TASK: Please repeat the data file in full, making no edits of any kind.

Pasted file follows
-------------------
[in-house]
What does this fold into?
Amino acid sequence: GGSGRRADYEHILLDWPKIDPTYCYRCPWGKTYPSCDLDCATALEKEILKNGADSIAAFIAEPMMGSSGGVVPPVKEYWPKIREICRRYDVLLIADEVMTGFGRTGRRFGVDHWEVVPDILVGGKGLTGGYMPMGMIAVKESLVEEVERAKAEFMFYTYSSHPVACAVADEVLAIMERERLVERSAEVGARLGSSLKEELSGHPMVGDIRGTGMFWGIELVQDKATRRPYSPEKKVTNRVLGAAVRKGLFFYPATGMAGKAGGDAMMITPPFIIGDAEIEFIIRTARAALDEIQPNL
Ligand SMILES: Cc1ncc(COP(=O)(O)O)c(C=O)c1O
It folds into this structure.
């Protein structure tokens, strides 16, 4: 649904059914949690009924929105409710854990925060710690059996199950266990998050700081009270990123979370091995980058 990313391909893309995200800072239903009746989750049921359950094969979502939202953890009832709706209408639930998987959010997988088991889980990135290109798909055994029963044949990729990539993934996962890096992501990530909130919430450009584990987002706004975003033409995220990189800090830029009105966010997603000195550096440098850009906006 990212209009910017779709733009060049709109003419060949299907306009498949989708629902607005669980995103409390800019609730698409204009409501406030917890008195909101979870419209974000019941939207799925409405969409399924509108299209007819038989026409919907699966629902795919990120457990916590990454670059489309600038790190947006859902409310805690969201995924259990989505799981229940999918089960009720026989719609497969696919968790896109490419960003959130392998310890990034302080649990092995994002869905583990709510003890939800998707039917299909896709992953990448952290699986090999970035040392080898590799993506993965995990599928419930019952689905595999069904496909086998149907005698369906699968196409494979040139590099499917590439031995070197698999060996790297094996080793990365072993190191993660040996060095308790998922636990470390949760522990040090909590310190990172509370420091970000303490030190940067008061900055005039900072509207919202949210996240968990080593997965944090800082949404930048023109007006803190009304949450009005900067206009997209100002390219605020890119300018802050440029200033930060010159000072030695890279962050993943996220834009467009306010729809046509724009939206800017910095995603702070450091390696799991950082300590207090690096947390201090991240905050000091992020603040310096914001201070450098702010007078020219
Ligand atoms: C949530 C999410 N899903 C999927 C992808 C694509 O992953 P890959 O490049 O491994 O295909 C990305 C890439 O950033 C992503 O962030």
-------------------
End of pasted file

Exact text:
[in-house]
What does this fold into?
Amino acid sequence: GGSGRRADYEHILLDWPKIDPTYCYRCPWGKTYPSCDLDCATALEKEILKNGADSIAAFIAEPMMGSSGGVVPPVKEYWPKIREICRRYDVLLIADEVMTGFGRTGRRFGVDHWEVVPDILVGGKGLTGGYMPMGMIAVKESLVEEVERAKAEFMFYTYSSHPVACAVADEVLAIMERERLVERSAEVGARLGSSLKEELSGHPMVGDIRGTGMFWGIELVQDKATRRPYSPEKKVTNRVLGAAVRKGLFFYPATGMAGKAGGDAMMITPPFIIGDAEIEFIIRTARAALDEIQPNL
Ligand SMILES: Cc1ncc(COP(=O)(O)O)c(C=O)c1O
It folds into this structure.
């Protein structure tokens, strides 16, 4: 649904059914949690009924929105409710854990925060710690059996199950266990998050700081009270990123979370091995980058 990313391909893309995200800072239903009746989750049921359950094969979502939202953890009832709706209408639930998987959010997988088991889980990135290109798909055994029963044949990729990539993934996962890096992501990530909130919430450009584990987002706004975003033409995220990189800090830029009105966010997603000195550096440098850009906006 990212209009910017779709733009060049709109003419060949299907306009498949989708629902607005669980995103409390800019609730698409204009409501406030917890008195909101979870419209974000019941939207799925409405969409399924509108299209007819038989026409919907699966629902795919990120457990916590990454670059489309600038790190947006859902409310805690969201995924259990989505799981229940999918089960009720026989719609497969696919968790896109490419960003959130392998310890990034302080649990092995994002869905583990709510003890939800998707039917299909896709992953990448952290699986090999970035040392080898590799993506993965995990599928419930019952689905595999069904496909086998149907005698369906699968196409494979040139590099499917590439031995070197698999060996790297094996080793990365072993190191993660040996060095308790998922636990470390949760522990040090909590310190990172509370420091970000303490030190940067008061900055005039900072509207919202949210996240968990080593997965944090800082949404930048023109007006803190009304949450009005900067206009997209100002390219605020890119300018802050440029200033930060010159000072030695890279962050993943996220834009467009306010729809046509724009939206800017910095995603702070450091390696799991950082300590207090690096947390201090991240905050000091992020603040310096914001201070450098702010007078020219
Ligand atoms: C949530 C999410 N899903 C999927 C992808 C694509 O992953 P890959 O490049 O491994 O295909 C990305 C890439 O950033 C992503 O962030």